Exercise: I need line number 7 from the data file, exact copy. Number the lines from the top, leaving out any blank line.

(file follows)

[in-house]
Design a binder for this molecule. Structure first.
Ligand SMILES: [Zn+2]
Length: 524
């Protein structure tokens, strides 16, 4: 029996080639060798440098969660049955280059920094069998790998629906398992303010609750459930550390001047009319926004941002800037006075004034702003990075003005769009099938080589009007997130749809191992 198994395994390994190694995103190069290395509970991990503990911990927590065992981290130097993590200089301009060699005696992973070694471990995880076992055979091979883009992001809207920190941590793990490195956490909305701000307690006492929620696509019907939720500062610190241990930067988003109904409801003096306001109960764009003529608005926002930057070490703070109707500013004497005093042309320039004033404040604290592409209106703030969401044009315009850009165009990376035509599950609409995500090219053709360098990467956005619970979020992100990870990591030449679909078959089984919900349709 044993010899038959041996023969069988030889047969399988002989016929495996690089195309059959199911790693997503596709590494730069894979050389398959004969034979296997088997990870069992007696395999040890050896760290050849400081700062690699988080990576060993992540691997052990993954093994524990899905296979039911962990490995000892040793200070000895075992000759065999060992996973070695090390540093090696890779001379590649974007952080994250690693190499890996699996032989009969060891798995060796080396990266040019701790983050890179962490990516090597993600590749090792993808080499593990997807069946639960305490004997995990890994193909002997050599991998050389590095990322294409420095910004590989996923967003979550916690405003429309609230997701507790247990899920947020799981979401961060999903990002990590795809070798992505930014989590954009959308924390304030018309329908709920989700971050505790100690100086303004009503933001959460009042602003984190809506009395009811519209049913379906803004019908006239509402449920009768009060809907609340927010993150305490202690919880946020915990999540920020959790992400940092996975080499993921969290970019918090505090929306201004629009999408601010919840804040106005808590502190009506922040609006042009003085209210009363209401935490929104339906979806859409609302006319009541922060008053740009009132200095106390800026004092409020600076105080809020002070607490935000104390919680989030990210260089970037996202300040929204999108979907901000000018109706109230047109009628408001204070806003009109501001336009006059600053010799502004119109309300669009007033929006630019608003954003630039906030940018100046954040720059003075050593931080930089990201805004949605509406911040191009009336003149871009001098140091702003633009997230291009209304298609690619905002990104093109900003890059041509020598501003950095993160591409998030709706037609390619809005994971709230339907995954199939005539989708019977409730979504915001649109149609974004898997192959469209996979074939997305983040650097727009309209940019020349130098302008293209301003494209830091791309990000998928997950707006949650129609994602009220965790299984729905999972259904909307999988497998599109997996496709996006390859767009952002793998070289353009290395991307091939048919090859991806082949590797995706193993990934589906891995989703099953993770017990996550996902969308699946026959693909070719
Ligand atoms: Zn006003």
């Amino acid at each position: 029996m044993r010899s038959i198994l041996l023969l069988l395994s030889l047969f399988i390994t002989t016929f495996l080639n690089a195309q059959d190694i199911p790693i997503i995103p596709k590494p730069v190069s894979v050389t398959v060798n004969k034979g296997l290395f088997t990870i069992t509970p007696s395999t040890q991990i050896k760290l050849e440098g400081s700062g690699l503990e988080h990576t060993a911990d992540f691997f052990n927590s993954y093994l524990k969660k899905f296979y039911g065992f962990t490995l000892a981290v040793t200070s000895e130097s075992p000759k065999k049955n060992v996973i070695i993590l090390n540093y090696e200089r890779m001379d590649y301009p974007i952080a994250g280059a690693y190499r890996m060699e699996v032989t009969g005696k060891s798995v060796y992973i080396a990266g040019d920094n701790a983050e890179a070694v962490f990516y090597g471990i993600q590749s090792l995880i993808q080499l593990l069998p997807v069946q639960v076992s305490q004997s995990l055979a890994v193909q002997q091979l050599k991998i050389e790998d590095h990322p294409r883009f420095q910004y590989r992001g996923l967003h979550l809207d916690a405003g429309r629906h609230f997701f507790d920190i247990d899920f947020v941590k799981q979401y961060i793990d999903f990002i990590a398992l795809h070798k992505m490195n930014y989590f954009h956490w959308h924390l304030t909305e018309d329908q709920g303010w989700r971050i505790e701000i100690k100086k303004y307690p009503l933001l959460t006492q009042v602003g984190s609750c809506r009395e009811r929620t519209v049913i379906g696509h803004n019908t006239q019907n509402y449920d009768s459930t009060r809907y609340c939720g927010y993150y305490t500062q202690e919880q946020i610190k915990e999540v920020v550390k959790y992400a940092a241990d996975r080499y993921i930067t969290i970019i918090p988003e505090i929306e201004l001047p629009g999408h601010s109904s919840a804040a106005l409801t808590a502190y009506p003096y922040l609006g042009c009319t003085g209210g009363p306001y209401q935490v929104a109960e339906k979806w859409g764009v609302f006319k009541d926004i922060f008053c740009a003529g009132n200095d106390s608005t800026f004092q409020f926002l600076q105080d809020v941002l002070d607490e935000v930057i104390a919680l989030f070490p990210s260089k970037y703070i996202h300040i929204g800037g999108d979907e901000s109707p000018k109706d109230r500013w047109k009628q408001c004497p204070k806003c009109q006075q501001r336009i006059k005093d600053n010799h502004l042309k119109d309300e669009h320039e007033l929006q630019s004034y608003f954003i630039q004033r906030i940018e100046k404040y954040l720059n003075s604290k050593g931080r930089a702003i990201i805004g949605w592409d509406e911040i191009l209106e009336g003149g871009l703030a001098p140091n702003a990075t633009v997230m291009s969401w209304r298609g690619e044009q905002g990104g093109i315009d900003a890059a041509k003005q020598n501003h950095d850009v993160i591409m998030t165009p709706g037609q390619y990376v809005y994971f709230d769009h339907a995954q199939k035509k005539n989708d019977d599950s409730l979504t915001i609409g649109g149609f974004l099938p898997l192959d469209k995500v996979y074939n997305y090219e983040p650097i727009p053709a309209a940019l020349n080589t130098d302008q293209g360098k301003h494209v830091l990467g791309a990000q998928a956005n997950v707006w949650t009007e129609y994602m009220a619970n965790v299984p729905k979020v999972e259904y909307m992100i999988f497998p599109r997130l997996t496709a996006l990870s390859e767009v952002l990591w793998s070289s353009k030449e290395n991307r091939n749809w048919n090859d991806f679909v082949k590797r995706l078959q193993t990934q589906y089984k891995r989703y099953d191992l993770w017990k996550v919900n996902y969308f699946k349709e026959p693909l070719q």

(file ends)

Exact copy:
């Amino acid at each position: 029996m044993r010899s038959i198994l041996l023969l069988l395994s030889l047969f399988i390994t002989t016929f495996l080639n690089a195309q059959d190694i199911p790693i997503i995103p596709k590494p730069v190069s894979v050389t398959v060798n004969k034979g296997l290395f088997t990870i069992t509970p007696s395999t040890q991990i050896k760290l050849e440098g400081s700062g690699l503990e988080h990576t060993a911990d992540f691997f052990n927590s993954y093994l524990k969660k899905f296979y039911g065992f962990t490995l000892a981290v040793t200070s000895e130097s075992p000759k065999k049955n060992v996973i070695i993590l090390n540093y090696e200089r890779m001379d590649y301009p974007i952080a994250g280059a690693y190499r890996m060699e699996v032989t009969g005696k060891s798995v060796y992973i080396a990266g040019d920094n701790a983050e890179a070694v962490f990516y090597g471990i993600q590749s090792l995880i993808q080499l593990l069998p997807v069946q639960v076992s305490q004997s995990l055979a890994v193909q002997q091979l050599k991998i050389e790998d590095h990322p294409r883009f420095q910004y590989r992001g996923l967003h979550l809207d916690a405003g429309r629906h609230f997701f507790d920190i247990d899920f947020v941590k799981q979401y961060i793990d999903f990002i990590a398992l795809h070798k992505m490195n930014y989590f954009h956490w959308h924390l304030t909305e018309d329908q709920g303010w989700r971050i505790e701000i100690k100086k303004y307690p009503l933001l959460t006492q009042v602003g984190s609750c809506r009395e009811r929620t519209v049913i379906g696509h803004n019908t006239q019907n509402y449920d009768s459930t009060r809907y609340c939720g927010y993150y305490t500062q202690e919880q946020i610190k915990e999540v920020v550390k959790y992400a940092a241990d996975r080499y993921i930067t969290i970019i918090p988003e505090i929306e201004l001047p629009g999408h601010s109904s919840a804040a106005l409801t808590a502190y009506p003096y922040l609006g042009c009319t003085g209210g009363p306001y209401q935490v929104a109960e339906k979806w859409g764009v609302f006319k009541d926004i922060f008053c740009a003529g009132n200095d106390s608005t800026f004092q409020f926002l600076q105080d809020v941002l002070d607490e935000v930057i104390a919680l989030f070490p990210s260089k970037y703070i996202h300040i929204g800037g999108d979907e901000s109707p000018k109706d109230r500013w047109k009628q408001c004497p204070k806003c009109q006075q501001r336009i006059k005093d600053n010799h502004l042309k119109d309300e669009h320039e007033l929006q630019s004034y608003f954003i630039q004033r906030i940018e100046k404040y954040l720059n003075s604290k050593g931080r930089a702003i990201i805004g949605w592409d509406e911040i191009l209106e009336g003149g871009l703030a001098p140091n702003a990075t633009v997230m291009s969401w209304r298609g690619e044009q905002g990104g093109i315009d900003a890059a041509k003005q020598n501003h950095d850009v993160i591409m998030t165009p709706g037609q390619y990376v809005y994971f709230d769009h339907a995954q199939k035509k005539n989708d019977d599950s409730l979504t915001i609409g649109g149609f974004l099938p898997l192959d469209k995500v996979y074939n997305y090219e983040p650097i727009p053709a309209a940019l020349n080589t130098d302008q293209g360098k301003h494209v830091l990467g791309a990000q998928a956005n997950v707006w949650t009007e129609y994602m009220a619970n965790v299984p729905k979020v999972e259904y909307m992100i999988f497998p599109r997130l997996t496709a996006l990870s390859e767009v952002l990591w793998s070289s353009k030449e290395n991307r091939n749809w048919n090859d991806f679909v082949k590797r995706l078959q193993t990934q589906y089984k891995r989703y099953d191992l993770w017990k996550v919900n996902y969308f699946k349709e026959p693909l070719q």